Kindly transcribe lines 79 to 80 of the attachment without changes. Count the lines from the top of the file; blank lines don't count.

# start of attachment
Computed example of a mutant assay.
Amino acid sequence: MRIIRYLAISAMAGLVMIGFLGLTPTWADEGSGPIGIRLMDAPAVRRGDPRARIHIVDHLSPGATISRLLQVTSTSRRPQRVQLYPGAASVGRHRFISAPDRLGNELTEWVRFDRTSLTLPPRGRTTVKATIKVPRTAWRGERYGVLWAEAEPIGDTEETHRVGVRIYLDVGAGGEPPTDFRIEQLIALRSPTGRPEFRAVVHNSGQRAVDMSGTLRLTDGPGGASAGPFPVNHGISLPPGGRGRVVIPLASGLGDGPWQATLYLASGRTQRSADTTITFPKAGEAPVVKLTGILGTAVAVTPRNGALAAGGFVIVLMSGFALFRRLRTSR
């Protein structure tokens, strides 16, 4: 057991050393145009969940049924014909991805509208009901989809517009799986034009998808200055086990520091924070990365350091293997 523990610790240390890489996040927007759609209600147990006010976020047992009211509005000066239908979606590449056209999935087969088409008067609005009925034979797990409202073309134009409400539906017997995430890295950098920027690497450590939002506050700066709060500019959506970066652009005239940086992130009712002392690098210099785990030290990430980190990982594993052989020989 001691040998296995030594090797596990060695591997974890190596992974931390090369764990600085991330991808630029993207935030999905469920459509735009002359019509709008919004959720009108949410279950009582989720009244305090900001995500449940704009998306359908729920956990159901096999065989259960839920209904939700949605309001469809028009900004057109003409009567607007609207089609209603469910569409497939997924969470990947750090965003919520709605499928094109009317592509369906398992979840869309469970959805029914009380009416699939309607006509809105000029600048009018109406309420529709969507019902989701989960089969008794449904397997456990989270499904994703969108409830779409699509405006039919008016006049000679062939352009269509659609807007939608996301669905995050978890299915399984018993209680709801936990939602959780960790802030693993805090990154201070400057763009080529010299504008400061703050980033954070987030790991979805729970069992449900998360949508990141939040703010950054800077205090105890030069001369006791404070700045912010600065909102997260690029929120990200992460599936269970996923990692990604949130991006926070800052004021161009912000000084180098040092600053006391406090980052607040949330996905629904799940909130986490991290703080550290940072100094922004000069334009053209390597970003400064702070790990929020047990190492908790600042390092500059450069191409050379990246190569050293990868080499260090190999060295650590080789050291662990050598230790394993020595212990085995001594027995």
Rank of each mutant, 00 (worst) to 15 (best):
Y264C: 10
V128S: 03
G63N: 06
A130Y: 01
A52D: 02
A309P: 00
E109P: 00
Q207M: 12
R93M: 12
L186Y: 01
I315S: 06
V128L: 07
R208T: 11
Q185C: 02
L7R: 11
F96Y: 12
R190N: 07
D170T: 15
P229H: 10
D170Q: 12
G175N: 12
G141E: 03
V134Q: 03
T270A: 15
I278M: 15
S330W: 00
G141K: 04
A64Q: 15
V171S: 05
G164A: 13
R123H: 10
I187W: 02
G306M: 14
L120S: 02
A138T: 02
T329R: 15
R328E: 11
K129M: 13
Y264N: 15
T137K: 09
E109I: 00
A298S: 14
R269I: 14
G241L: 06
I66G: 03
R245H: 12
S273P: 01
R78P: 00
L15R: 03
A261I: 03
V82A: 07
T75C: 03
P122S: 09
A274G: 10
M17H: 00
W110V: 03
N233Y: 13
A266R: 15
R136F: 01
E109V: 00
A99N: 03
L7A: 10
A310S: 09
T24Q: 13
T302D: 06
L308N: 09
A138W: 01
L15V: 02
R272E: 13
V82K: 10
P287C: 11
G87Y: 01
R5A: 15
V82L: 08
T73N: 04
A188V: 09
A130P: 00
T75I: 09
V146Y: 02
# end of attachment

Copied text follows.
T73N: 04
A188V: 09